Juventus’s limp exit from the Champions League at home to Lyon in the round of 16 meant the writing was on the wall for Maurizio Sarri, and his words at the end of his first season appeared to compel the club to take swift action.
The clues to the future were in the more obvious details when Juventus won Serie A with two matches to spare at the end of June.
Hardly on champion form after beating midtable Sampdoria to record a second win in six games, Maurizio Sarri felt the need for a cigarette while his players were celebrating, even being denied that relief when his players threw a bucket of water on him.
Switching from a soaking to a damp squib of a celebratory interview, Sarri suggested that his players had won the title in spite of him, and alluded to showdown meetings that he had held in an attempt to correct Juve’s periods of stuttering form during the season, which perhaps succeeded as much because their rivals fell away as they did because of any inspirational exchanges.
Predictably reliant on Cristiano Ronaldo, Juventus were restricted to playing everything through their central luminary, a one-dimensional approach that lacked the fluidity of the ‘Sarriball’ style with which the Italian won Serie A Coach of the Year with Napoli in 2016.
When Ronaldo misfired, Juventus inevitably did too, culminating in a performance of anonymity by his standards in their Coppa Italia final stalemate and defeat on penalties.
The occasionally uninspiring tactics that earned Sarri criticism at Chelsea last season, and the pivotal played by Eden Hazard as his former side won the Europa League in style, seemed a minor headache compared to the nightmare that the final weeks of his reign at Juve became.
Most teams ease off the pedal once a title is secured, but Sarri’s side stalled after that win.
Ronaldo failed to score for a third game out of five in the 2-0 loss at Cagliari, which might have been understandable three days after winning the league had it not been followed by a first Serie A home defeat since 2018 on the last day, ending a run of 40 matches.
Sarri sacked. Even Juve know a league they’re winning for 9yrs in a row holds no value. Every season without UCL is a fauliure to JuventusJuventus bought CR7 to win the UCL so As PSG did with Neymar/Mbappe. CR7 and juventus needs someone Better to manage them ???? pic.twitter.com/XsDmQEZHww
SAMBO (@AbdullahiAbba_) August 8, 2020
After two major trophies in as many years and plenty of £/€ he won’t be too dejected, but Sarri needs to pick a club that better fits the way he wants to play football next
— Liam Twomey (@liam_twomey) August 8, 2020
Something was clearly amiss beyond a cursory glance at the final table, which left Juventus a point clear of Inter Milan and seven points worse off than they had finished under Max Allegri, who had won 11 trophies in four years before essentially being sacked at the end of last season for failing to win the Champions League.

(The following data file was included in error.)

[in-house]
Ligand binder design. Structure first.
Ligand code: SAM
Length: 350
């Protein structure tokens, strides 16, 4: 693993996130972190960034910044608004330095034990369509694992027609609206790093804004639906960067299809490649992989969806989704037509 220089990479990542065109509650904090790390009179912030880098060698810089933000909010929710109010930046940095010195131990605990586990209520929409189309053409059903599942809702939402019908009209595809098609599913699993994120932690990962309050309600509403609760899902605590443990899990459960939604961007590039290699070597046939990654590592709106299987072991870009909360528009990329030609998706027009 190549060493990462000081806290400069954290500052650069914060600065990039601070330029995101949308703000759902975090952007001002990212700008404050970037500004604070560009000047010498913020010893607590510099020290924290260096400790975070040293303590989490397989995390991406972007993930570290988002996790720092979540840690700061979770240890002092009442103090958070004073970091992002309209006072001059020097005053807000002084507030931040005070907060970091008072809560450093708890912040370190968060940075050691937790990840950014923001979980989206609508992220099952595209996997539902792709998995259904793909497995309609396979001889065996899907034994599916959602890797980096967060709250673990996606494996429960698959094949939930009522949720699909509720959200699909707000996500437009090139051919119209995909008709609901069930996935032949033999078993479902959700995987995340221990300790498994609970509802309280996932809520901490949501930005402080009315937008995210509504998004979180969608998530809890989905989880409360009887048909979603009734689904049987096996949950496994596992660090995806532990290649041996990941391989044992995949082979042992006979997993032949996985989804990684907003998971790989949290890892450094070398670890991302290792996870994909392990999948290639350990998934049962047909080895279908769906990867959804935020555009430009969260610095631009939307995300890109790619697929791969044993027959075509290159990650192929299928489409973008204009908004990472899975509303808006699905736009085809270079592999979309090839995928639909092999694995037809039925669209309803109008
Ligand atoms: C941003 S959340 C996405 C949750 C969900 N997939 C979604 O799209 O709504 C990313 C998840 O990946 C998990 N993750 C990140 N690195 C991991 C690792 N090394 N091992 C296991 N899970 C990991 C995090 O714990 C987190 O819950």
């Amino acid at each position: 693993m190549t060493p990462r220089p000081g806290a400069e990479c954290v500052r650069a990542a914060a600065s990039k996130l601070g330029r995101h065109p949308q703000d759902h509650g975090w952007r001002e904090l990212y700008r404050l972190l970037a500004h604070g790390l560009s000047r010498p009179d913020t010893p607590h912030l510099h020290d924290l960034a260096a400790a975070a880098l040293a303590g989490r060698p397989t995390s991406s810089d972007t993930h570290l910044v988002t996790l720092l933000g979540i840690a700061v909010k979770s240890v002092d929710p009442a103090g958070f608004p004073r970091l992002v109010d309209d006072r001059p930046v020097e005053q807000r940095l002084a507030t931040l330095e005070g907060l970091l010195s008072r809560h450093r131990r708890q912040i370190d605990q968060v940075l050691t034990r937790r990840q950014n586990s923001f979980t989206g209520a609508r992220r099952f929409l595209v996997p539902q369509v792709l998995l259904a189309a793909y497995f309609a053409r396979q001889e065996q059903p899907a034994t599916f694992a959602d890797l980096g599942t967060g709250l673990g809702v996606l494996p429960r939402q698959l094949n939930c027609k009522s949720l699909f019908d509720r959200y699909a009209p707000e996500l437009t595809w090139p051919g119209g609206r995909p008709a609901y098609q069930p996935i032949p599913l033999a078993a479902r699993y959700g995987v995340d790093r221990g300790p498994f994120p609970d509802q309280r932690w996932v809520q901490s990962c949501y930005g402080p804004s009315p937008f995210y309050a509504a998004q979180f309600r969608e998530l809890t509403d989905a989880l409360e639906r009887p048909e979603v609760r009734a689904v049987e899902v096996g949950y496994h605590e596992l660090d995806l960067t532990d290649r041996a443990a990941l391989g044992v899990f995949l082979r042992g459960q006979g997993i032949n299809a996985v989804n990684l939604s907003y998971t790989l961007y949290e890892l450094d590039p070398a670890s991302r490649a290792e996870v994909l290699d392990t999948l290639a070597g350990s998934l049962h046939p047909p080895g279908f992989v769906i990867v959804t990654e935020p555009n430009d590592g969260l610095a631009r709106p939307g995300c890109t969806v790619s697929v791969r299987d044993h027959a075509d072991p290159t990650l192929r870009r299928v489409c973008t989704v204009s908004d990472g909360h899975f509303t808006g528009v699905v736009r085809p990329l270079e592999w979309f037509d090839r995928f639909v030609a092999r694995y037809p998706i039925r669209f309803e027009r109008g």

Allegri had taken them to the quarter-finals before spurning a second-leg lead against surprise packages Ajax, and now they were left to pin their hopes on Sarri merely reaching that stage again by overturning a 1-0 first-leg at home to Lyon.
Had they achieved that and beaten Manchester City in a one-off quarter-final, there could have been more of a case for overlooking the apparent lack of progress and at least keeping Sarri until next season.
That would still have been a huge decision, leading to the possibility of selling Ronaldo for the sake of building a team and tactics less fixated around one superstar.
As it was, Sarri made it easy for the club president, Andrea Agnelli, to choose the man who Juve pay four times more than any other player over him.
Having almost dared the club to sack him on the eve of the round of 16 match, claiming that talk of his future was “offensive” to a board who would evaluate the entire season, he used his post-match interview to announce that the players had performed better than he had expected as they crashed out against the club that finished seventh in Lique 1.
There were minor mitigations – near-misses, dubious penalty calls in both legs, an injury to second-fiddle striker Paulo Dybala – but you can imagine the shudder Agnelli and his confidantes would have felt at Sarri’s words.
Whether they were an attempt to defend his players or a genuine admission of his own low expectations, Sarri could not have crafted more of an evident chasm between his own expectations and the ambitions of the club.
Perhaps, understandably, he had simply had enough of being asked whether he felt that anything other than being the best team in Europe was a failure.
Sarri is now in a happier position than Juve, who will gamble that a new man can take them further next season while hinging everything on the striker they have so much invested in.
The early favorite for the job is Mauricio Pochettino, a Champions League finalist with Tottenham last season, and there will be talk of Allegri returning, hastened by the comparative promise that last season now appears to have held, as well as his familiarity with the challenge.
While Sarri and Sarriball could rise again, his successor will face a foreboding task at a club obsessed with status and the cult of the individual.